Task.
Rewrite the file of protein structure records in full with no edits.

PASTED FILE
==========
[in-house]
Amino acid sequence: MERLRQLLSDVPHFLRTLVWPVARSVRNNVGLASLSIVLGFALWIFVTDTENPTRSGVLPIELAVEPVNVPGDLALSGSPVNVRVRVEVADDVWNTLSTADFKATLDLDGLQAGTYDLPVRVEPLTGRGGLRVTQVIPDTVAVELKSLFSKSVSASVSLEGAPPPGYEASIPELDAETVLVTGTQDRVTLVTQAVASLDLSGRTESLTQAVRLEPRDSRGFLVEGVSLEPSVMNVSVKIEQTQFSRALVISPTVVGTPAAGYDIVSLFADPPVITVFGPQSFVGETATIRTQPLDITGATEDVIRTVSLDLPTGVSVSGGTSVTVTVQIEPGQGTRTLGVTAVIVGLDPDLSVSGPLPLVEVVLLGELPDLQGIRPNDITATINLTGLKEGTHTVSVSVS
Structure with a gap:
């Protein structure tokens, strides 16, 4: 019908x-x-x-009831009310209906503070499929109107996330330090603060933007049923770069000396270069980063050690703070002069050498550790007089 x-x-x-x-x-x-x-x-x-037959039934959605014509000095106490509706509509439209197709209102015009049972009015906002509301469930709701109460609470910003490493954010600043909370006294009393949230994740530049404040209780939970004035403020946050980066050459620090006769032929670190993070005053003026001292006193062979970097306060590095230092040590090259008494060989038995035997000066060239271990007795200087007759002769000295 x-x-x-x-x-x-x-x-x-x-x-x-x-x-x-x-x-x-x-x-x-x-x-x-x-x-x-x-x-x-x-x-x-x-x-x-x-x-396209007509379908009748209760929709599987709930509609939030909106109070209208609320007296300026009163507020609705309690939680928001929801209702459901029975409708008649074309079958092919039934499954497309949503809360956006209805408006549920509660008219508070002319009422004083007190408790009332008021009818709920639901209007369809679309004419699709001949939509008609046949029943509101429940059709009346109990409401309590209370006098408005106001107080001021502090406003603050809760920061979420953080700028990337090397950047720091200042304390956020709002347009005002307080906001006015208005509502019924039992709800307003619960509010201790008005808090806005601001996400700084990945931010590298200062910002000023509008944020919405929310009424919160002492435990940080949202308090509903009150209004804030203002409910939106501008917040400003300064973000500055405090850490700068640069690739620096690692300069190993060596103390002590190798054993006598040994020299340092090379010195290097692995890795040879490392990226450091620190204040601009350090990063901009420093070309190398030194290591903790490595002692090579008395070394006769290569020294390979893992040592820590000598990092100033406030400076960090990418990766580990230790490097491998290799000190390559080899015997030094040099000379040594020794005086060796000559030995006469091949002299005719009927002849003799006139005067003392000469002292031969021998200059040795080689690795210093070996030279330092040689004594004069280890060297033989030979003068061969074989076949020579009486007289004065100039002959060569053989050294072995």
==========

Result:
[in-house]
Amino acid sequence: MERLRQLLSDVPHFLRTLVWPVARSVRNNVGLASLSIVLGFALWIFVTDTENPTRSGVLPIELAVEPVNVPGDLALSGSPVNVRVRVEVADDVWNTLSTADFKATLDLDGLQAGTYDLPVRVEPLTGRGGLRVTQVIPDTVAVELKSLFSKSVSASVSLEGAPPPGYEASIPELDAETVLVTGTQDRVTLVTQAVASLDLSGRTESLTQAVRLEPRDSRGFLVEGVSLEPSVMNVSVKIEQTQFSRALVISPTVVGTPAAGYDIVSLFADPPVITVFGPQSFVGETATIRTQPLDITGATEDVIRTVSLDLPTGVSVSGGTSVTVTVQIEPGQGTRTLGVTAVIVGLDPDLSVSGPLPLVEVVLLGELPDLQGIRPNDITATINLTGLKEGTHTVSVSVS
Structure with a gap:
């Protein structure tokens, strides 16, 4: 019908x-x-x-009831009310209906503070499929109107996330330090603060933007049923770069000396270069980063050690703070002069050498550790007089 x-x-x-x-x-x-x-x-x-037959039934959605014509000095106490509706509509439209197709209102015009049972009015906002509301469930709701109460609470910003490493954010600043909370006294009393949230994740530049404040209780939970004035403020946050980066050459620090006769032929670190993070005053003026001292006193062979970097306060590095230092040590090259008494060989038995035997000066060239271990007795200087007759002769000295 x-x-x-x-x-x-x-x-x-x-x-x-x-x-x-x-x-x-x-x-x-x-x-x-x-x-x-x-x-x-x-x-x-x-x-x-x-x-396209007509379908009748209760929709599987709930509609939030909106109070209208609320007296300026009163507020609705309690939680928001929801209702459901029975409708008649074309079958092919039934499954497309949503809360956006209805408006549920509660008219508070002319009422004083007190408790009332008021009818709920639901209007369809679309004419699709001949939509008609046949029943509101429940059709009346109990409401309590209370006098408005106001107080001021502090406003603050809760920061979420953080700028990337090397950047720091200042304390956020709002347009005002307080906001006015208005509502019924039992709800307003619960509010201790008005808090806005601001996400700084990945931010590298200062910002000023509008944020919405929310009424919160002492435990940080949202308090509903009150209004804030203002409910939106501008917040400003300064973000500055405090850490700068640069690739620096690692300069190993060596103390002590190798054993006598040994020299340092090379010195290097692995890795040879490392990226450091620190204040601009350090990063901009420093070309190398030194290591903790490595002692090579008395070394006769290569020294390979893992040592820590000598990092100033406030400076960090990418990766580990230790490097491998290799000190390559080899015997030094040099000379040594020794005086060796000559030995006469091949002299005719009927002849003799006139005067003392000469002292031969021998200059040795080689690795210093070996030279330092040689004594004069280890060297033989030979003068061969074989076949020579009486007289004065100039002959060569053989050294072995």